And that’s it (phew! that took longer than I thought). My full review of Infinity War should be coming out next week, first on Speculative Chic and then posted here. I hope everyone enjoyed the latest Avengers movie as much as I clearly did!



Rodent-Based Crime Fighters and Super Administrators: Our Favorite Superheroes

Who’s your favorite superhero? With Infinity War on the horizon, we discuss some of our favorites on Speculative Chic.

Infinity War is coming, Infinity War is coming! To say that some of us are excited would be an understatement. With this in mind, I asked our contributors something simple: who’s your favorite superhero? It doesn’t have to be one of the obvious heroes. I humbly submit that Buffy Summers is a superhero, for example.…

via Roundtable: Our Heroes — Speculative Chic

WAKANDA FOREVER: We review Black Panther on Speculative Chic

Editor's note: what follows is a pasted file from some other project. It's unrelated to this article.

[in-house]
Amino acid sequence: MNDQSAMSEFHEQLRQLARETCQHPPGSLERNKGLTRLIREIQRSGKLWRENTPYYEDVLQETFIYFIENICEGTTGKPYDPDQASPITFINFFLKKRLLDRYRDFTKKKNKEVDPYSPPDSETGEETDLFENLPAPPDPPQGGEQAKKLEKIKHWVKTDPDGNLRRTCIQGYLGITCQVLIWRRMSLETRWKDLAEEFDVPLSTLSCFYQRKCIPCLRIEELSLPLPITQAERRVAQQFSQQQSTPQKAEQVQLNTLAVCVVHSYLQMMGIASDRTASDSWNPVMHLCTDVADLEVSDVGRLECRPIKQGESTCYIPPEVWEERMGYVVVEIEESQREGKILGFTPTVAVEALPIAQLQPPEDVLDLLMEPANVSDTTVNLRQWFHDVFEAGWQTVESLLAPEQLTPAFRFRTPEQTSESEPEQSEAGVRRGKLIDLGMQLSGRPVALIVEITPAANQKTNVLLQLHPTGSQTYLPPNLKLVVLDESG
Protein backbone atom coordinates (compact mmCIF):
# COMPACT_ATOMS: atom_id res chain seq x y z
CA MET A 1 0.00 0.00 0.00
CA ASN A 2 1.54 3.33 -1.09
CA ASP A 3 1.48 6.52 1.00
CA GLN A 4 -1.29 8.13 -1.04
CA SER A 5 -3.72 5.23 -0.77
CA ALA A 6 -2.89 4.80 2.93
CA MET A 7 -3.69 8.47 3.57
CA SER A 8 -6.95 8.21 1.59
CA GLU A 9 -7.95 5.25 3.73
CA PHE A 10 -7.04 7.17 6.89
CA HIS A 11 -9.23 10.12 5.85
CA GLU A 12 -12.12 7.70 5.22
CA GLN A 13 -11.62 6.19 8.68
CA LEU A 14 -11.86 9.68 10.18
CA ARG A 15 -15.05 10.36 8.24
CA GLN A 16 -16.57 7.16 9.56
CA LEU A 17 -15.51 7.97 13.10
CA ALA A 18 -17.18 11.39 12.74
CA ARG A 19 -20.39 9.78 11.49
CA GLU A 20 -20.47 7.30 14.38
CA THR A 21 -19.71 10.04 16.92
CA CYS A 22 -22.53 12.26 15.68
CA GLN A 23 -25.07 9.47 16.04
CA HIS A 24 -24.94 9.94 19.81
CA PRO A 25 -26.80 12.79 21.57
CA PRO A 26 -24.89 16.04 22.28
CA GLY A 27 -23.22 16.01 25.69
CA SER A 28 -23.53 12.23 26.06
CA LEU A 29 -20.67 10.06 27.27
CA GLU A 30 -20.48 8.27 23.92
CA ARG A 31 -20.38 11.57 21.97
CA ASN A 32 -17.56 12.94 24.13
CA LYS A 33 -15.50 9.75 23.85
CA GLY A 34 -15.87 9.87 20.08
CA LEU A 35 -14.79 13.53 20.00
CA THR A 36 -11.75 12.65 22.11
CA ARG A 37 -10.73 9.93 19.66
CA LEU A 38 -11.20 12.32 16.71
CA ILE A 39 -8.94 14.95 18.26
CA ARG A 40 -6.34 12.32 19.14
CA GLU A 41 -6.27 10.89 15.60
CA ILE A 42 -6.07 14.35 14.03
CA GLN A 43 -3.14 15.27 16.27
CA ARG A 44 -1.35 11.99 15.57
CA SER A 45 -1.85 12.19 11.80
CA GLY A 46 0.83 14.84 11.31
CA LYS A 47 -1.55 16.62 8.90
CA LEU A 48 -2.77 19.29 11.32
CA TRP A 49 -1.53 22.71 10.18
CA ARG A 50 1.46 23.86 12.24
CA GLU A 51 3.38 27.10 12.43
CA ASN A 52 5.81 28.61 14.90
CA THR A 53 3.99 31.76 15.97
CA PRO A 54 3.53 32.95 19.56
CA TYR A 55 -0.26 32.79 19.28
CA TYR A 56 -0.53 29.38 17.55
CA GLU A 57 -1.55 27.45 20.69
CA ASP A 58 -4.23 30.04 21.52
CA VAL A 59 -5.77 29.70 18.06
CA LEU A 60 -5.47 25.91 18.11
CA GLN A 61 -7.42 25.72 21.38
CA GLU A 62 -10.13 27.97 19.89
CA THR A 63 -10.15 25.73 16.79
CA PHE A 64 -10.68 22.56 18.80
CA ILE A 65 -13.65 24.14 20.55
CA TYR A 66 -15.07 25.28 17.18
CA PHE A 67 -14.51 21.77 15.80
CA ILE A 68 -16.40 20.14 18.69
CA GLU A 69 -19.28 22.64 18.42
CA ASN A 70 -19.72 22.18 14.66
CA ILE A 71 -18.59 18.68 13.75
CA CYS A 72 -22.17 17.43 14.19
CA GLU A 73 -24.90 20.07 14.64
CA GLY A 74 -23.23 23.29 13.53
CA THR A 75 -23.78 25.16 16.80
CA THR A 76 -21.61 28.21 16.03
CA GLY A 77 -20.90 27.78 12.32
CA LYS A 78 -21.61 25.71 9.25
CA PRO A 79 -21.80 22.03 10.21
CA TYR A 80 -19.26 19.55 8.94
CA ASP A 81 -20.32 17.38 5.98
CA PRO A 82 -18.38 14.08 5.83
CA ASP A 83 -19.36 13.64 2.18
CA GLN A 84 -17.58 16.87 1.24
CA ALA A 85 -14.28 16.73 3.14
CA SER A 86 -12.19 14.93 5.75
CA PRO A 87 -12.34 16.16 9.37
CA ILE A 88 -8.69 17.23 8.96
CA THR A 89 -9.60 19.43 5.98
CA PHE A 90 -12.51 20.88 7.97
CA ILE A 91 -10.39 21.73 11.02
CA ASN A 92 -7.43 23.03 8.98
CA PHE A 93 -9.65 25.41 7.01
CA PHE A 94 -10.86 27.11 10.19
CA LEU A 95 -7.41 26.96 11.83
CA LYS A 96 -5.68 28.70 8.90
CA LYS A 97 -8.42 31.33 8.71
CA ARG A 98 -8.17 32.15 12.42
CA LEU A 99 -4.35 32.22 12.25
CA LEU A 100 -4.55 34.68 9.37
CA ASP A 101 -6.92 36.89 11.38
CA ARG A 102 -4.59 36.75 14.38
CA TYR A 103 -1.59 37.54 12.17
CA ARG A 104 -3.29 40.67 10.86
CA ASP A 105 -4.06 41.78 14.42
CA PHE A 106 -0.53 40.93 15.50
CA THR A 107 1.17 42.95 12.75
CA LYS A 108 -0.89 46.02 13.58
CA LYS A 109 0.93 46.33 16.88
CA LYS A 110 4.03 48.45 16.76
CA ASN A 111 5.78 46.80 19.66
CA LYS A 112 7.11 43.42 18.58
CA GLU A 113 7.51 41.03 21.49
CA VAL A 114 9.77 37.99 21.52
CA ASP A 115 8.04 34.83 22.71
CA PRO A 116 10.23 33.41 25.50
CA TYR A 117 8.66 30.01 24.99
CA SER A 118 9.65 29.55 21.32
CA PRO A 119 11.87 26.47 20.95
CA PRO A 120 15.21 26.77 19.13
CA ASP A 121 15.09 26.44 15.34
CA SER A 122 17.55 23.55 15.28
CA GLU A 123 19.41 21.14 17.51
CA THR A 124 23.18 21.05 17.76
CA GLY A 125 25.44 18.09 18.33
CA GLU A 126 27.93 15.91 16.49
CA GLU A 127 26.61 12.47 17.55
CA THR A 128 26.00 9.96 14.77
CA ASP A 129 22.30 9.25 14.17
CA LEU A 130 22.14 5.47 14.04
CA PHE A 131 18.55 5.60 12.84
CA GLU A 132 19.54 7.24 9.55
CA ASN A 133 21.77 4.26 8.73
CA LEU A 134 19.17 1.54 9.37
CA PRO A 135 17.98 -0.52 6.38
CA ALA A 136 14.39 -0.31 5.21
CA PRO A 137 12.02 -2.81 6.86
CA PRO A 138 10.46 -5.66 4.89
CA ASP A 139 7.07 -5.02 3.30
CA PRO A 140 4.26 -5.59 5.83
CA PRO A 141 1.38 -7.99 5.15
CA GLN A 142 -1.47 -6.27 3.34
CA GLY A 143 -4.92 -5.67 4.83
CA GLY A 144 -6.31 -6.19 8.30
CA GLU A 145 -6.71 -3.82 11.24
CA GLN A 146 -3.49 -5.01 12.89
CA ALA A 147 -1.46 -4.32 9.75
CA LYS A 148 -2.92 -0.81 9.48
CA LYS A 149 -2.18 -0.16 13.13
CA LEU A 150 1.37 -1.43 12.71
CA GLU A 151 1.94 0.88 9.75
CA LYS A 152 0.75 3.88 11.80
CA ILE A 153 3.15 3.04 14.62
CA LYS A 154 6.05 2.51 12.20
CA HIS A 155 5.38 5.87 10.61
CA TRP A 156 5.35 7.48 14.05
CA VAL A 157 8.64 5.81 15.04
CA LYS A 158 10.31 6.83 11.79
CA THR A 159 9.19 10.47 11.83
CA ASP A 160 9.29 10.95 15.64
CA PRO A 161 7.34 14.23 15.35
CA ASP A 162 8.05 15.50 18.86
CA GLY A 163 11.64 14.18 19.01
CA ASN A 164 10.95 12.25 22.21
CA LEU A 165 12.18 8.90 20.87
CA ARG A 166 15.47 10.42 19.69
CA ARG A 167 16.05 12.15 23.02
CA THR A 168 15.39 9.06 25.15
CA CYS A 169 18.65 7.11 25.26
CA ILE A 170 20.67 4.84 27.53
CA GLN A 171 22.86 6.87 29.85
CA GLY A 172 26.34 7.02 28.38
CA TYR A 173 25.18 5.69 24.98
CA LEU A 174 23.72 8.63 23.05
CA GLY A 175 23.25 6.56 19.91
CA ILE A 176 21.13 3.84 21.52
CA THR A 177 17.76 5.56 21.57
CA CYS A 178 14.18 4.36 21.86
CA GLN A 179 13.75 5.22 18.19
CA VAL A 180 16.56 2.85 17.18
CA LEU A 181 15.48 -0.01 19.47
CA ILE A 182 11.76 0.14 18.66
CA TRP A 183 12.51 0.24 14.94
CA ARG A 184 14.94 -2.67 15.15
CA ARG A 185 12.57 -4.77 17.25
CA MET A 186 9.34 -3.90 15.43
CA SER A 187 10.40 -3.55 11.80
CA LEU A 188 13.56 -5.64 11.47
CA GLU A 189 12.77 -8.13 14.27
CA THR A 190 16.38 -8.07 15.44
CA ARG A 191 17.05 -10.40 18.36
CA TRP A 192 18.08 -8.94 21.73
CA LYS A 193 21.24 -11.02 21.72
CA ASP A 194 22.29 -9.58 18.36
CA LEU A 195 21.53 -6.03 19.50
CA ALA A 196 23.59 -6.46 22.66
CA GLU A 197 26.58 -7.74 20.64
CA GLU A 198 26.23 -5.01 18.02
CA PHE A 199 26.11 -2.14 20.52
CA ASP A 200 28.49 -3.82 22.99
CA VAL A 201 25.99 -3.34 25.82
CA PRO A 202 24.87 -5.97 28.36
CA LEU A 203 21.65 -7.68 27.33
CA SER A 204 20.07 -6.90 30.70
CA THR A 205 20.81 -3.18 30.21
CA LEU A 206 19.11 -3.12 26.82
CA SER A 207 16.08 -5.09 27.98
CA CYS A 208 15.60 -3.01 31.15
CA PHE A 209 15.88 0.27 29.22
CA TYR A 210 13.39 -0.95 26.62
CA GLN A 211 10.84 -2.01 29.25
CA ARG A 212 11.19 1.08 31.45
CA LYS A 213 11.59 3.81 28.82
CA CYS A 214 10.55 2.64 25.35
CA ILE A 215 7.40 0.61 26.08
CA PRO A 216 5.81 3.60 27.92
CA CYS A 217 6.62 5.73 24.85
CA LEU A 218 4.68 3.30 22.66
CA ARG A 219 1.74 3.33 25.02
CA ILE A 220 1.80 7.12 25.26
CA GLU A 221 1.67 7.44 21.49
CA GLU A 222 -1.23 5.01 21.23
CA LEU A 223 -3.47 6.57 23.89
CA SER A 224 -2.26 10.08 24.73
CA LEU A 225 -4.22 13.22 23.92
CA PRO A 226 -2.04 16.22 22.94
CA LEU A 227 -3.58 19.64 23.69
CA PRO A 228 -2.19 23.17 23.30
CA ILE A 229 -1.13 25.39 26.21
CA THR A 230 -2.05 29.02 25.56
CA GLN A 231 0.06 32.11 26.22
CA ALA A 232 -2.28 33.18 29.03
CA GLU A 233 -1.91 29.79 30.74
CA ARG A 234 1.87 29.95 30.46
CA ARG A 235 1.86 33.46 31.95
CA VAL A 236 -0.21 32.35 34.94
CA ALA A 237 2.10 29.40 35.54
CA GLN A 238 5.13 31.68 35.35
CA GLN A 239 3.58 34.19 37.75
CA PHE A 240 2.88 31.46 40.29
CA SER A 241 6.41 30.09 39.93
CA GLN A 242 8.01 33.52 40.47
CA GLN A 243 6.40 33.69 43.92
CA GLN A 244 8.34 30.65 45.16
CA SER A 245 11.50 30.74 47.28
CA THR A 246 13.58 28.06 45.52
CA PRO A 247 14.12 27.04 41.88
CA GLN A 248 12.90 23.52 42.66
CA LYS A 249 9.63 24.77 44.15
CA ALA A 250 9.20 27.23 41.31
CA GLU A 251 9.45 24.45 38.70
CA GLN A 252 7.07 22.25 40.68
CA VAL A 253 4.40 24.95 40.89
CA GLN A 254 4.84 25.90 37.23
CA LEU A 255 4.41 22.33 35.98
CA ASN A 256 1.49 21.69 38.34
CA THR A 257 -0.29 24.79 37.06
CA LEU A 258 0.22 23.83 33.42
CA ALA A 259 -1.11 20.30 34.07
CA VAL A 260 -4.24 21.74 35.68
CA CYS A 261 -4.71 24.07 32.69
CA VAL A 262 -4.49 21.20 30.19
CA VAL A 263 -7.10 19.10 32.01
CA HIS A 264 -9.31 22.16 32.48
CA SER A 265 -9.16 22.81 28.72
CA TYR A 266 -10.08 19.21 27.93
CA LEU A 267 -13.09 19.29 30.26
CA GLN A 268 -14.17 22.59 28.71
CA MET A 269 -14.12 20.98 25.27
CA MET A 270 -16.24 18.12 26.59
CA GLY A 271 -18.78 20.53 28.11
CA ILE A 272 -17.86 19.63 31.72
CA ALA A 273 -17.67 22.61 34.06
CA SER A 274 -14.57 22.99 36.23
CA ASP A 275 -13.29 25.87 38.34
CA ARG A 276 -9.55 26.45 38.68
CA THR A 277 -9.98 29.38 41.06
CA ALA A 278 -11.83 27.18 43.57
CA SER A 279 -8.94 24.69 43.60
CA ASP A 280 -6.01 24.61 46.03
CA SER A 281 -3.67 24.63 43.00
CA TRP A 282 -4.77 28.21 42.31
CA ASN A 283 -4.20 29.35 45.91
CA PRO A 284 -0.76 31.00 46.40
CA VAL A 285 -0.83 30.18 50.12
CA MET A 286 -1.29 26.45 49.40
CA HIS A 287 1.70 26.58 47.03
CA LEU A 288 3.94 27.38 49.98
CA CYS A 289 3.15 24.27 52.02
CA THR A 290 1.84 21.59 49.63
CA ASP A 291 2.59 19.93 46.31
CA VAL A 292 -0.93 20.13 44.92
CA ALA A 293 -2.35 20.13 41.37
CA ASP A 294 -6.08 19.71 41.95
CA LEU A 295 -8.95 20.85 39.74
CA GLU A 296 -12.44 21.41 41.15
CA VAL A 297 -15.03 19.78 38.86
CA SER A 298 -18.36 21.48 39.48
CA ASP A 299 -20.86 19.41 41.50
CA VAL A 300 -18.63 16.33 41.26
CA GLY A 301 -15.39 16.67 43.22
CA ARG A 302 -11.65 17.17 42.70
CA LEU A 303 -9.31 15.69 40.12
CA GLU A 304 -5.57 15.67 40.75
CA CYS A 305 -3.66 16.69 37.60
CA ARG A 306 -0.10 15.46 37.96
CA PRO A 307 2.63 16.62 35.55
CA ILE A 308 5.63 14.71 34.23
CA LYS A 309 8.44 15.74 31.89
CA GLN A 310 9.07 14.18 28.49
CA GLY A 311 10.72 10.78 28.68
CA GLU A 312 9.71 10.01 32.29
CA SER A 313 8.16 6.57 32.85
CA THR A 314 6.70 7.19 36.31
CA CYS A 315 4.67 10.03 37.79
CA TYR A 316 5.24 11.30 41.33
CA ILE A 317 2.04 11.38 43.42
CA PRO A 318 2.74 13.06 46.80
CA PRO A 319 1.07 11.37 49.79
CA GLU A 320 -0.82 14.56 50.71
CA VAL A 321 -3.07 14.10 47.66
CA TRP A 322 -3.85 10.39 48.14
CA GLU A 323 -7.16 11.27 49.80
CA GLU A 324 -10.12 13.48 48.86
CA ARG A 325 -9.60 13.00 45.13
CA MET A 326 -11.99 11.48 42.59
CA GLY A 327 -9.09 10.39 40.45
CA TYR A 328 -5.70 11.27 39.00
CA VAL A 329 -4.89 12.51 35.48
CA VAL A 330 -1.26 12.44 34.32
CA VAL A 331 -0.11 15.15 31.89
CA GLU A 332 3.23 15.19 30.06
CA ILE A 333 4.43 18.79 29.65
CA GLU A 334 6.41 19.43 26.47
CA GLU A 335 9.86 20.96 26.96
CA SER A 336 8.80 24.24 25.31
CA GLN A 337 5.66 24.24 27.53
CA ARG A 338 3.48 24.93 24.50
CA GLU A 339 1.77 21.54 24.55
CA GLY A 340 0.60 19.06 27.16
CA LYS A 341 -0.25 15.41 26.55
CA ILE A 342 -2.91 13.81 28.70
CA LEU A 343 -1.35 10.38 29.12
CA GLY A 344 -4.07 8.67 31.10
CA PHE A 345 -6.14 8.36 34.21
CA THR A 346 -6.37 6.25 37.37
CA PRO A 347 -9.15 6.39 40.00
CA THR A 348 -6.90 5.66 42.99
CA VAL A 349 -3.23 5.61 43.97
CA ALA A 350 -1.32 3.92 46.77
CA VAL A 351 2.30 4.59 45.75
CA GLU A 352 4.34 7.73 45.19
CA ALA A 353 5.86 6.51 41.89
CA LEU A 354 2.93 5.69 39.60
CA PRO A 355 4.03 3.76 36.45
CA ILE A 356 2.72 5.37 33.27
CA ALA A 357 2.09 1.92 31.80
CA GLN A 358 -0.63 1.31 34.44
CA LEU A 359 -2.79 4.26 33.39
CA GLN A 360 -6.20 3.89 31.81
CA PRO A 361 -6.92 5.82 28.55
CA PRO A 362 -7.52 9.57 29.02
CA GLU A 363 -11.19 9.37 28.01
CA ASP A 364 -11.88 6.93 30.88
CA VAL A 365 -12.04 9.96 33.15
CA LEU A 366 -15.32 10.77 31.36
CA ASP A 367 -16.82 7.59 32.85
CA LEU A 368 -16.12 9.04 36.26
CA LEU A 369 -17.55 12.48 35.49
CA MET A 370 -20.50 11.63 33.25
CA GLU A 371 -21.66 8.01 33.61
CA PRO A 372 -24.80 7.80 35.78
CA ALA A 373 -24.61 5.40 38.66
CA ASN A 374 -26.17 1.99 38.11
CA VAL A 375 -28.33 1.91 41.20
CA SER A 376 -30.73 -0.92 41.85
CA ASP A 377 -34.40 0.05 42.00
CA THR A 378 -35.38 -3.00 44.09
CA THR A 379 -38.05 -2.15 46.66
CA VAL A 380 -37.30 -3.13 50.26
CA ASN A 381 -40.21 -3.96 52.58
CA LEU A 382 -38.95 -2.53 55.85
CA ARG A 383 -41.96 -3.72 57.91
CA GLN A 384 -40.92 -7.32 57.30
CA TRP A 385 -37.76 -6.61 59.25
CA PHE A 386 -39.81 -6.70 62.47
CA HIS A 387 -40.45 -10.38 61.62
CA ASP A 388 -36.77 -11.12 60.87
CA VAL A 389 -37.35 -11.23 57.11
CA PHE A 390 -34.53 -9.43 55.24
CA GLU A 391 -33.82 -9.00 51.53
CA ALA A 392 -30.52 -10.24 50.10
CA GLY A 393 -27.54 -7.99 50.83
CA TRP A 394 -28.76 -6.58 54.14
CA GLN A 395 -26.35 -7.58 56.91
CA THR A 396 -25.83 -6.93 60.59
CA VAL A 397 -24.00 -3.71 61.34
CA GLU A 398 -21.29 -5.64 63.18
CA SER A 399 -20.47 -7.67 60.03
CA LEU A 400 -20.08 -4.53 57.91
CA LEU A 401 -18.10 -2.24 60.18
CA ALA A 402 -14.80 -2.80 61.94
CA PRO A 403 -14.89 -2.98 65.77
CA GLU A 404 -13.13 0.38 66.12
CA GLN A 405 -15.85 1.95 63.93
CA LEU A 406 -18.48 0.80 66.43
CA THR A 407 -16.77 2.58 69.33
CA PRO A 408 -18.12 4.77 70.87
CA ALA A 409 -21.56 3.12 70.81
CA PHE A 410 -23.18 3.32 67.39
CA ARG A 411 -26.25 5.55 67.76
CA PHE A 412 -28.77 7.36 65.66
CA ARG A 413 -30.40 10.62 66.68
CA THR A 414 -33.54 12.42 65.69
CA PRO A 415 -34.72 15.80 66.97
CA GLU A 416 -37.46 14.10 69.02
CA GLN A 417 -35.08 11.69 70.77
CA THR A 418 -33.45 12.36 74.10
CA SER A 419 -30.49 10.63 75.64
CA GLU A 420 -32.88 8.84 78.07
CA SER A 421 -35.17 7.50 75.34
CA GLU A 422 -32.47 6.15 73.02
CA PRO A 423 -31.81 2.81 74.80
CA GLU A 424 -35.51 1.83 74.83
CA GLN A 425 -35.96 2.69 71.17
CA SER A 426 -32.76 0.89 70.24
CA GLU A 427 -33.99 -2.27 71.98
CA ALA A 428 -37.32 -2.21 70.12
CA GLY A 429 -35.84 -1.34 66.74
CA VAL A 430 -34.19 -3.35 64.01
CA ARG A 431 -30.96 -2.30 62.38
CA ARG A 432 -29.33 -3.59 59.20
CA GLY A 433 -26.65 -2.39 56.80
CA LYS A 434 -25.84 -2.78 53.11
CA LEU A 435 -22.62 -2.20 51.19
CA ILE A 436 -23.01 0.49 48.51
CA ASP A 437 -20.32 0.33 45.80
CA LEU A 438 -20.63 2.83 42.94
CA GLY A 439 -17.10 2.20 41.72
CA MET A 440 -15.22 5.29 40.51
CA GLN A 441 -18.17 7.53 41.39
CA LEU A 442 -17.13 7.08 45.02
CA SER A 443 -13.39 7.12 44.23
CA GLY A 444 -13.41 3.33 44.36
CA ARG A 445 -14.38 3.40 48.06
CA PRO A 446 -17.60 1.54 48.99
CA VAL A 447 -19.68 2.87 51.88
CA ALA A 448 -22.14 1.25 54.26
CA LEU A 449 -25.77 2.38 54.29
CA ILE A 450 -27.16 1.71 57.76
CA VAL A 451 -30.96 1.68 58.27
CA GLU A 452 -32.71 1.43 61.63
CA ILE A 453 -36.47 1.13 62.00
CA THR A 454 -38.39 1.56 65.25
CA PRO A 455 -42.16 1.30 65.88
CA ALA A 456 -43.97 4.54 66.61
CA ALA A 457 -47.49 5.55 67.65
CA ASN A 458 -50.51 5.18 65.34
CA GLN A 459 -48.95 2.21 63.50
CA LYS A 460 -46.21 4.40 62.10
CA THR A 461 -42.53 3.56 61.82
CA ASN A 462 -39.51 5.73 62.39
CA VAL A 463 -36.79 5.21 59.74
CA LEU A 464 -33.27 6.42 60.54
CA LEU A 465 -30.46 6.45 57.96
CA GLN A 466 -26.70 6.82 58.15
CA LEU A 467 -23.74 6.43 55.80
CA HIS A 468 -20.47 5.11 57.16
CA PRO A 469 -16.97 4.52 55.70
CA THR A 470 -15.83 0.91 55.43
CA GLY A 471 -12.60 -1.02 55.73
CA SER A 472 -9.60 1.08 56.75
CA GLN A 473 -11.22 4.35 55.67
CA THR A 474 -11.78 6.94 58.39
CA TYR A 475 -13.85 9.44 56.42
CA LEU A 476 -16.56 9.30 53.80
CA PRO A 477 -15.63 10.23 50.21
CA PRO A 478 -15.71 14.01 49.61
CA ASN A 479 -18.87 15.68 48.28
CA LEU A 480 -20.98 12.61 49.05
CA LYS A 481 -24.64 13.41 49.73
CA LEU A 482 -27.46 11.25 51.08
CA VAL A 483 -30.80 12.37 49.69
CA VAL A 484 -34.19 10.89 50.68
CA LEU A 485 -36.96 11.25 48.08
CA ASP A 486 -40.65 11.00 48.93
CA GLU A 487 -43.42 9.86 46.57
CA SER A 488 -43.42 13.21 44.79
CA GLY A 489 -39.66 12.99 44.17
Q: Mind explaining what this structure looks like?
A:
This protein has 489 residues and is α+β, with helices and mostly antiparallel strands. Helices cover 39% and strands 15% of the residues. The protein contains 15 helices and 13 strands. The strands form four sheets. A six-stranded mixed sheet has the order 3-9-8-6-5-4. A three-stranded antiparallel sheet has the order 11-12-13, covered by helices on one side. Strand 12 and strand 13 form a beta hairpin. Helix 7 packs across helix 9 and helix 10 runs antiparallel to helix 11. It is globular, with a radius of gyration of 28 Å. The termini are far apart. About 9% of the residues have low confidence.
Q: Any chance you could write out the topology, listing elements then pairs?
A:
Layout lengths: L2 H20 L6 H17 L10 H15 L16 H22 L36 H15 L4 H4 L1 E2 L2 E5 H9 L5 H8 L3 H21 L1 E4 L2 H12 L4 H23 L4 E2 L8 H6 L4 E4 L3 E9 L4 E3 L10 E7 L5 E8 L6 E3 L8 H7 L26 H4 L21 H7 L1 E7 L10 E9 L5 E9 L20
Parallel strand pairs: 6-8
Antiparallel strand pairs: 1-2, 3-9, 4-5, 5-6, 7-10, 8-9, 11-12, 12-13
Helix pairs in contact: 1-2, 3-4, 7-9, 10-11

Are you one of the handful of people who hasn’t seen Black Panther yet? Maybe we can convince you otherwise. Check out this great group  post I took part in.

Welcome back to Sound Off!, a semi-regular column where members of Speculative Chic gather together to chat about the latest BIG THING in entertainment. This time, join the cry of “Wakanda forever!” and discuss Black Panther, which premiered in the United States on Friday, February 16, 2018. Sound Off! is meant to be a reaction, but not…

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Do you think Ms. Marvel deserves her own movie?

Then check out this coulumn I just posted over on Speculative Chic! Now is clearly the perfect time for Ms. Marvel to enter the MCU.

The future of the Marvel Cinematic Universe has never looked brighter. With the incredibly cool-looking Black Panther and the much hyped Avengers: Infinity War set to hit the screen before the summer, the short term is sure to be filled with excitement. And the long term looks just as good, thanks to Marvel’s acquisition of…

via 5 Reasons Why Ms. Marvel Needs Her Own Movie — Speculative Chic

Top 10 of 2016: Comics and Graphic Novels

This is part four in a series of top ten lists. For movies, television shows, and books, check out their respective posts.